When I mentioned Terry Lynn's The System back in August last year the music video hadn't been completed or launched yet. Although its subject matter made me flinch I thought the video brilliant and showed it in Guangzhou at the Guangdong Museum of Art last November where it aroused a lot of interest. Since its release the video has been doing really well, becoming an underground favourite in several places outside Jamaica.

At year end Pitchfork Media -- “the most popular independent-focused music publication online” selected THE SYSTEM by the Rickards Bros. as one of the top 40 videos of 2008. Spin Magazine deemed it one of the 20 Best Music Videos of 2008 ranking it at No.12 worldwide and saying “Sometimes really brutal imagery is necessary to express pure rage at unforgivable social injustices. Leave it to Lynn to lyrically elaborate.”

Dan Cairns of the Sunday Times, UK, declared Terry Lynn, one of the 10 hot new music acts for 2009 in his picks of this year’s “next big things” saying, “Terry Lynn Williams’s first album, Kingstonlogic 2.0, is one of the most exciting debuts I’ve heard in ages.With blues-infused folk, some doo-wop soul and electro synth-pop aplenty, there’ll be something for everybody.”

I've just previewed Terry Lynn's new music video, Kingston Logic, by the Rickards Brothers (and others). It will blow the charts and make history. watch out for it! Using laborious animation techniques which stretched the process out way beyond what a normal video would have taken to finish the Rickards Bros have raised the bar of musical production considerably. The extra time and effort spent was well worth it; the video is a multi-faceted Kingston diamond combining crazy lyrics, a compelling electro beat, seriously creative imagery and razorsharp editing. I can't wait to see where such a superlative, stylish vehicle will transport Lynn.

It'll be a week before the video is publicly released and I can put it up here. But here's The System for those with the stomach to watch it.

The middle and upper classes in Jamaica are whipping themselves into a moral frenzy over Daggering--the latest dance craze to sweep Kingston streets-- screaming in the best tradition of the former slave-owning classes (Upper St. Andrew logic?) for the authorities to do something, anything, to curb the feverishly creative dancing masses (while themselves preparing for the thrusting gyrations of carnival; Eve Mann has a provocative blogpost about this, Soldering that is what young women want). Meanwhile Terry Lynn has given birth to a brand new paradigm with her debut album KingstonLogic 2.o.

2009 is going to be an exciting new year for Jamaican music! Remember--you heard it here first.

Wednesday, January 7, 2009

Playing with Fire

Contrary to what the title may suggest this post is not about the Israeli attacks on Gaza. While i was watching the fireworks at the Kingston waterfront on New Year's Eve i found myself thinking how odd it was that in the individualistic West personal lighting of firecrackers is not permitted and legally proscribed whereas in countries such as India where community is prized above all bursting or lighting firecrackers is something enjoyed by individuals. I remembered that i had been asked by the Style Observer to write about my memories of Diwali in India. It was also a puff piece for a restaurant called Akbar's in Kingston which has some of the best waiters in the country. Read on if you want to partake of my memories...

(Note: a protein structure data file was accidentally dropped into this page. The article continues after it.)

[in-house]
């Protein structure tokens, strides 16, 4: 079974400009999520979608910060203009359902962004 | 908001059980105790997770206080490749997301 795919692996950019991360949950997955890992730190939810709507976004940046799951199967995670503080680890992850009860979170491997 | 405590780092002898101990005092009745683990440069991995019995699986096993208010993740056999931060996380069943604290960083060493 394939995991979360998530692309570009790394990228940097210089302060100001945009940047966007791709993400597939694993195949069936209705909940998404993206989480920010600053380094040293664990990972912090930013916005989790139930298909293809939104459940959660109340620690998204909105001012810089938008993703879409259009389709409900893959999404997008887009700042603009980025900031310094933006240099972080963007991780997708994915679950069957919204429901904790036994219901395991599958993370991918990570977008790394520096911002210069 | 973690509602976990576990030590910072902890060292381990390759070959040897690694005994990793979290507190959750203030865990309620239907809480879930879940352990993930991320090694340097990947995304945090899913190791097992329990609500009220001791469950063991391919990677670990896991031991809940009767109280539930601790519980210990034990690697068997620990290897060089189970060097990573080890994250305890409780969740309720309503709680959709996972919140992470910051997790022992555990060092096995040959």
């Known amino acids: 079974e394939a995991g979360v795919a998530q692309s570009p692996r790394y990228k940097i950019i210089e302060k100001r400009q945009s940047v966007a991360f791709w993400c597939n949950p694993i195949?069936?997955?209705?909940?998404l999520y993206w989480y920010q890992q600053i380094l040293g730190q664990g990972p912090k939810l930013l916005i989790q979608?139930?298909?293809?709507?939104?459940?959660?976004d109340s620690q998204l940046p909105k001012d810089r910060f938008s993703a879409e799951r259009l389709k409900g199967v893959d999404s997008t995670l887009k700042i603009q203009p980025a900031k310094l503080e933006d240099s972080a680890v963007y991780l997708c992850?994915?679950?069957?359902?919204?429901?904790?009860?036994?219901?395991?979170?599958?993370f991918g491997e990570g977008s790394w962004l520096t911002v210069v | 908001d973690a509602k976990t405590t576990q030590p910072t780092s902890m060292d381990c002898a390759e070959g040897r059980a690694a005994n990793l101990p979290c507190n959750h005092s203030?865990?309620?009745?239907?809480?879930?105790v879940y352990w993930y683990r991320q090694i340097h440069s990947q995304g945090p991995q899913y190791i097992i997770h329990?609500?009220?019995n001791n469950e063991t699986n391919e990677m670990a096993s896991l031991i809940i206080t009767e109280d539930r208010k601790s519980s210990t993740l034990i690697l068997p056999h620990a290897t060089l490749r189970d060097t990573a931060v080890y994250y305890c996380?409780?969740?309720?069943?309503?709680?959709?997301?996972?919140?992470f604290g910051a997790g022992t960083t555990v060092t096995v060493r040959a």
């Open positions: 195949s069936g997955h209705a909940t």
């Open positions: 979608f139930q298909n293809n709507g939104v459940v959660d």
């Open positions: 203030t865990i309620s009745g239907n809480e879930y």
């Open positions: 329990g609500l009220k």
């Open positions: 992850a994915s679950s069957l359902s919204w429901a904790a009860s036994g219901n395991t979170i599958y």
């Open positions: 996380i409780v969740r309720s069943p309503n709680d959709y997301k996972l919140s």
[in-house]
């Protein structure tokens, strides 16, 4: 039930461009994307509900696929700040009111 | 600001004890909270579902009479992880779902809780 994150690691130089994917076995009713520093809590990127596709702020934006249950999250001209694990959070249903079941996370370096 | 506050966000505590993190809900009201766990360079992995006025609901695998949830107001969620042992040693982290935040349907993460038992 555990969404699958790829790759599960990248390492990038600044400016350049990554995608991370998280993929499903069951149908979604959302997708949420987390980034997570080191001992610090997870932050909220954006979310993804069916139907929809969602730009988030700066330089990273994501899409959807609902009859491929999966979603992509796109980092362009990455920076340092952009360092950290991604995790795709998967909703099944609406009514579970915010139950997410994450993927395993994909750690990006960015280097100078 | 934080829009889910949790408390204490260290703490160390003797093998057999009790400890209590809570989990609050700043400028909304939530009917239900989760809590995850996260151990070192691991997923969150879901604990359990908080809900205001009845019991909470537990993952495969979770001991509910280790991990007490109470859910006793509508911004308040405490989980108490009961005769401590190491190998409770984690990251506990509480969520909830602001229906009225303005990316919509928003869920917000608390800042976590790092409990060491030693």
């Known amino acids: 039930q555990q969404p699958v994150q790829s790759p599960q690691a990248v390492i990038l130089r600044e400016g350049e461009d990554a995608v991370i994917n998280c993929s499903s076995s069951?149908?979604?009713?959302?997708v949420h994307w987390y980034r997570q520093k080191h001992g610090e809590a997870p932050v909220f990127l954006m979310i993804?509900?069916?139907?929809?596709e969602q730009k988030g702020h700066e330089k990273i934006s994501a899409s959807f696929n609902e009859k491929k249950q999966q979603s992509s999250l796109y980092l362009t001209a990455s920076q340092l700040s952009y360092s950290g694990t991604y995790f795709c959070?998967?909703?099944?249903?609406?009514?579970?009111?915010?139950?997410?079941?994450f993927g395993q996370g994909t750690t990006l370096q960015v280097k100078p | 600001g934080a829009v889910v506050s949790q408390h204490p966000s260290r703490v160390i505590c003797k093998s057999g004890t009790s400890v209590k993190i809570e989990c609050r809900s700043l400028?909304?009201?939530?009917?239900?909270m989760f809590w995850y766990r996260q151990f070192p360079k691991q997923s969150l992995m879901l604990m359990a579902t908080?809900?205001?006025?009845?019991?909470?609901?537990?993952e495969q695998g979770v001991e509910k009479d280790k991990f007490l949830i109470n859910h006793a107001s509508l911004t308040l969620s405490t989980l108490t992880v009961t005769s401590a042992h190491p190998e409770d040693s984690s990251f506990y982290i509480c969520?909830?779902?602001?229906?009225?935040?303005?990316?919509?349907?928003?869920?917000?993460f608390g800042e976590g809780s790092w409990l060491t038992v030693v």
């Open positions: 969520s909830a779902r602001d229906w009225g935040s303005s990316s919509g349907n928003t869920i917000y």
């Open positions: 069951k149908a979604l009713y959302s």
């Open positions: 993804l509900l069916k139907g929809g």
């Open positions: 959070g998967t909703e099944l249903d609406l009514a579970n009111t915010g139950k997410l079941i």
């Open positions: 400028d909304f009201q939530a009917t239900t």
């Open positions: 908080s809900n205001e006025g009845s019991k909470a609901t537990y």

Diwali Riddim

Whenever I see young vendors dodging between cars at Christmastime selling what I think of as petty firecrackers like sparklers and rockets I smile to myself and feel superior. Having grown up in India my relationship to such incendiary delights is quite different; like most Indians, where patakhas or firecrackers are concerned I’m something of a hands-on connoisseur.

For in India there is Diwali, the festival of lights (and crackers and bombs and rockets). Usually falling in November or late October, it is the biggest festival in the country, the closest thing we have to Christmas. There are several versions of the reason Diwali is celebrated in the way it is but they all boil down to the victory of good forces against evil ones. The good forces having prevailed, Lakshmi, Goddess of wealth and prosperity, is propitiated. Hindus paint their homes and buy new clothes to wear on this nationally celebrated holiday.

As a child I wasn’t really interested in the whys and the wherefores of Diwali. Instead I would be completely swept up in the preparations for this magical festival. A few weeks before the happy day vendors would set up their stalls all along the sidewalks, their carts overflowing with every manner of gaily-wrapped and decorated combustible. Over the days leading up to Diwali we would assemble our arsenals, buying judiciously and storing patakhas till the evening of D-day when joy oh joy we could all become pyromaniacs for the night.